WASHINGTON — U.S. apparel retail prices, influenced by fierce competition and an influx of cheap imports, fell for the eighth consecutive year in 2005, to 1.1 percent below 2004 levels.
Prices in December dropped 0.3 percent compared with the previous month, the Labor Department reported Wednesday in its Consumer Price Index. Retail prices for women’s apparel decreased 0.5 percent on a seasonally adjusted basis in December, which was 0.1 percent above year-ago levels.
“This industry has been in a batting slump and we’re not just talking a month, we are talking eight long seasons,” said Ken Goldstein, an economist at the Conference Board.
From 1998 through 2004, apparel retail prices fell each 12-month period as follows: 0.7 percent, 0.5 percent, 1.8 percent, 3.2 percent, 1.8 percent, 2.1 percent and 0.2 percent.
Goldstein said part of the reason “why we’ve got anyone still selling clothes in the U.S. is companies have moved offshore to cut costs.”
He added that heavy discounting at retail has trained consumers to wait for deals and forego buying full-price items. However, there are still niches of strong pricing power.
“There are items that are hot: a $300 to $400 handbag is hot and a $40 handbag is not, and a $150 pair of jeans is hot, while a $40 pair of jeans is not,” Goldstein said.
In the broader economy, declining energy prices led to a 0.1 percent drop in the price of all consumer goods and services last month. However, soaring energy prices throughout the year led to a 3.4 percent increase in the cost of all goods and services for the 12 months ended Dec. 31, the largest annual gain since 2000. Stripping out volatile energy and food prices, the core inflation rate, a closely watched measure of inflation, rose 2.2 percent for the year.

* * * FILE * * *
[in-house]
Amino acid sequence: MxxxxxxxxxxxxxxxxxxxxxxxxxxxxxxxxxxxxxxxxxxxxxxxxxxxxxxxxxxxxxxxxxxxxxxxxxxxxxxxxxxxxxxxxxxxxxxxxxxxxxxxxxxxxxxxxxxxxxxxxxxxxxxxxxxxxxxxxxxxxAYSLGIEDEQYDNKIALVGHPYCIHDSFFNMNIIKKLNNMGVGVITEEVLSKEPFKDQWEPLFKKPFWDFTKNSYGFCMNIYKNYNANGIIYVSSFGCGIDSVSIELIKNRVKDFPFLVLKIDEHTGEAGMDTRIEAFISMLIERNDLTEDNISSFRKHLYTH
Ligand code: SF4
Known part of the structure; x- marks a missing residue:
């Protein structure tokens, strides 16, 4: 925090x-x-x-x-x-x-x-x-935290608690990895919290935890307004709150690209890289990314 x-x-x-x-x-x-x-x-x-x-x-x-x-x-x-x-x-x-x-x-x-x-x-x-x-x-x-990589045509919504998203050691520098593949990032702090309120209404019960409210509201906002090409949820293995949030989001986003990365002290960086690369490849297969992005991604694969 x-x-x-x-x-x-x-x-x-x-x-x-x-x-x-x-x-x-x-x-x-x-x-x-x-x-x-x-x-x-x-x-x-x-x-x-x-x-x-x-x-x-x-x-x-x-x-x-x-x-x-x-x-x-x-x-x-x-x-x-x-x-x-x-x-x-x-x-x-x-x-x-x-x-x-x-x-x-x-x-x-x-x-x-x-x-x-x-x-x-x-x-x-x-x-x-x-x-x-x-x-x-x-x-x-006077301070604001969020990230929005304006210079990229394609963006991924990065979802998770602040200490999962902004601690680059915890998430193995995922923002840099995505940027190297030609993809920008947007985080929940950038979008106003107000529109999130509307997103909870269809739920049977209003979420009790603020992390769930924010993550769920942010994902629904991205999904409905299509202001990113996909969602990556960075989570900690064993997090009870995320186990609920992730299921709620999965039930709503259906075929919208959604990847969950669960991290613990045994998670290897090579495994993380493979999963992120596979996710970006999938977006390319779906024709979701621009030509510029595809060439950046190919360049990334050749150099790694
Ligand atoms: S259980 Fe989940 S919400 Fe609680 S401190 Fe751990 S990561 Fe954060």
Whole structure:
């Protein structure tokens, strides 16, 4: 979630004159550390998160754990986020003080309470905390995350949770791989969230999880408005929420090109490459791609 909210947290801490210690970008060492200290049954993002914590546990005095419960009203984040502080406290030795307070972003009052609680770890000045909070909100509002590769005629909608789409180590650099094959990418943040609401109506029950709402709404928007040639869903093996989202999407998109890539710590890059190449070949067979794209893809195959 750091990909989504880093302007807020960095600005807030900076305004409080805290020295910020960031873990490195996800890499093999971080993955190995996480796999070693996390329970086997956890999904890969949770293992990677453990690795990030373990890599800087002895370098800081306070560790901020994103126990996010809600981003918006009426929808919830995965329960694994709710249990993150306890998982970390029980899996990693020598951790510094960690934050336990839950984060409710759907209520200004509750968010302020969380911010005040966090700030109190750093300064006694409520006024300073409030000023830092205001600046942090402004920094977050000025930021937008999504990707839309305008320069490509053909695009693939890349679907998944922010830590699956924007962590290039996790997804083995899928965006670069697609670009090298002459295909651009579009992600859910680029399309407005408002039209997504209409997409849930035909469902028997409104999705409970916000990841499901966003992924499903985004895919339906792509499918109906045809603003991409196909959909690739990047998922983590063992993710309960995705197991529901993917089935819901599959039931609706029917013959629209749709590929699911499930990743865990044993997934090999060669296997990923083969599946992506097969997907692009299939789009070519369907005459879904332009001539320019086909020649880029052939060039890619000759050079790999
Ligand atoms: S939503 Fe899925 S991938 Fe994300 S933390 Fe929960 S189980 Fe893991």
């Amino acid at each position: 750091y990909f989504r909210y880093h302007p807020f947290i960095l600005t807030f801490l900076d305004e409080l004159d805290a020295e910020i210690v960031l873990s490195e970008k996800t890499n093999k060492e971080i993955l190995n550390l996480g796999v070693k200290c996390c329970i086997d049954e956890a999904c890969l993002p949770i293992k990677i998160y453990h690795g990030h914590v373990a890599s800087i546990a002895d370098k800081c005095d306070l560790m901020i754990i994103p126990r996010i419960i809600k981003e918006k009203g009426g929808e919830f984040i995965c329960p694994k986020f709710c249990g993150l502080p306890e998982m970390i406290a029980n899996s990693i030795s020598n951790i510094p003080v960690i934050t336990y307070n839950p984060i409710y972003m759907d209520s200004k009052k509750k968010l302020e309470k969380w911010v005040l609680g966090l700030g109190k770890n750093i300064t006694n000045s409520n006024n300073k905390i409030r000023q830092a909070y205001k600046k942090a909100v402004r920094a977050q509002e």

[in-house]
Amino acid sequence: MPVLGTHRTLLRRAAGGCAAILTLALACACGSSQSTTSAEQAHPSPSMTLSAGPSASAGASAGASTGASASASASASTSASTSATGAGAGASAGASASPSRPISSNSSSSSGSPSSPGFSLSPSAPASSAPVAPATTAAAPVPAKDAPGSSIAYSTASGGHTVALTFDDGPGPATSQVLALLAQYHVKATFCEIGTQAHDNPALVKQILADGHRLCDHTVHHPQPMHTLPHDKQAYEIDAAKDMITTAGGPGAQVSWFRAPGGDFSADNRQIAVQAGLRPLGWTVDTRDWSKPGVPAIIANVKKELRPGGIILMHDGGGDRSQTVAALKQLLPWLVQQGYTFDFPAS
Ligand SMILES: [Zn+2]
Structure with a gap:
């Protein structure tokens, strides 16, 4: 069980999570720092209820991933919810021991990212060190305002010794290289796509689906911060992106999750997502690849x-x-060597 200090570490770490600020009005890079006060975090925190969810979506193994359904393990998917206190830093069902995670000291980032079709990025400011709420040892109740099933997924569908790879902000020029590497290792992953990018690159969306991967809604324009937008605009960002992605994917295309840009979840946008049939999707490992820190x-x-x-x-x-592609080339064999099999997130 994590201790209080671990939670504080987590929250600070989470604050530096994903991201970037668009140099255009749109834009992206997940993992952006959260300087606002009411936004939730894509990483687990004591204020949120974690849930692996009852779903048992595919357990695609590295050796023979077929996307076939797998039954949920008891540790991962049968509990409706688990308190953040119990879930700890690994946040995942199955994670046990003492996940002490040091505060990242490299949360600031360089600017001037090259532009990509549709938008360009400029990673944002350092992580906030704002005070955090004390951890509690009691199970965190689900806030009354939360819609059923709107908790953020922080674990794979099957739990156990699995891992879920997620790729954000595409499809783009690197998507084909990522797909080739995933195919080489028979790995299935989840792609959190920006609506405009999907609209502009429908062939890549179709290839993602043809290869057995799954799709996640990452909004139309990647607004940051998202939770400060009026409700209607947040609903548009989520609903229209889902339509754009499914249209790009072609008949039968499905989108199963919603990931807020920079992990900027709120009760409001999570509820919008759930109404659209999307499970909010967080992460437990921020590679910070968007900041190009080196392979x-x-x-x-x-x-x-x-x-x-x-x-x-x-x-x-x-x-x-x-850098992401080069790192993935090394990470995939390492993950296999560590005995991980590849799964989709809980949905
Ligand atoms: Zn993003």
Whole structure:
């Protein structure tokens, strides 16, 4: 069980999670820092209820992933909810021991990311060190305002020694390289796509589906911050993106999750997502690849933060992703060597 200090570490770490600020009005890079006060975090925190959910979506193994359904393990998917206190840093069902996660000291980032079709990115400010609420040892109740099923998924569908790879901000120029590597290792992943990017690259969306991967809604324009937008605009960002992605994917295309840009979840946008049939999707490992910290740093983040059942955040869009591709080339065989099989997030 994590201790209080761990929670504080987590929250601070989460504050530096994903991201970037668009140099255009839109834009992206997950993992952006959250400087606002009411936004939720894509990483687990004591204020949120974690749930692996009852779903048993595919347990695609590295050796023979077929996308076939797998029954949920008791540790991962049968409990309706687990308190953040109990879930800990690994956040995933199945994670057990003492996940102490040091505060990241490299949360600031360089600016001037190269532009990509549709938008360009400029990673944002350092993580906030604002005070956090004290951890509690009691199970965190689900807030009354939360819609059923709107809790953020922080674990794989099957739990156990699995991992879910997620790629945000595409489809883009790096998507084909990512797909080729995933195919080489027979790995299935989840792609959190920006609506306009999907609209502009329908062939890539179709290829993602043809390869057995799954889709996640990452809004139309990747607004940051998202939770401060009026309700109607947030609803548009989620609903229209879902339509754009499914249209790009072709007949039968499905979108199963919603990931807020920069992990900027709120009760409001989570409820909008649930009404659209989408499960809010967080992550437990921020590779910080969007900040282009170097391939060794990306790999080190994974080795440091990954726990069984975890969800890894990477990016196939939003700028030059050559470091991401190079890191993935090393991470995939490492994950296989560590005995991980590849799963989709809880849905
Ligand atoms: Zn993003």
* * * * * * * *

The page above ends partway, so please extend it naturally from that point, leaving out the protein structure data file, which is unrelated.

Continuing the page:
“The story is one of rising energy prices for the year,” said Carl Steidtmann, chief economist at Deloitte Research. “We had sharp increases in energy prices and that contributed to most of the acceleration in inflation, and energy prices are still well above where they were a year ago.”
Steidtmann said high energy prices are a factor contributing to a decline in real wages.
This story first appeared in the January 19, 2006 issue of WWD. Subscribe Today.
“It certainly has a very negative impact on consumer purchasing power,” he said. “Very clearly, you are seeing a shift in income having to go to energy costs and not just gasoline.”
The steepest price decreases in women’s apparel for December came in the category that includes underwear, nightwear, sportswear and accessories, which fell 1.3 percent and were 0.4 percent below year-ago levels. Outerwear dipped 0.7 percent and was 4.1 percent less than year-ago levels. Suits and separates prices declined 0.5 percent in December and for the year. Retail prices for dresses bucked the trend, rising 2 percent in December and 7.6 percent compared with last year.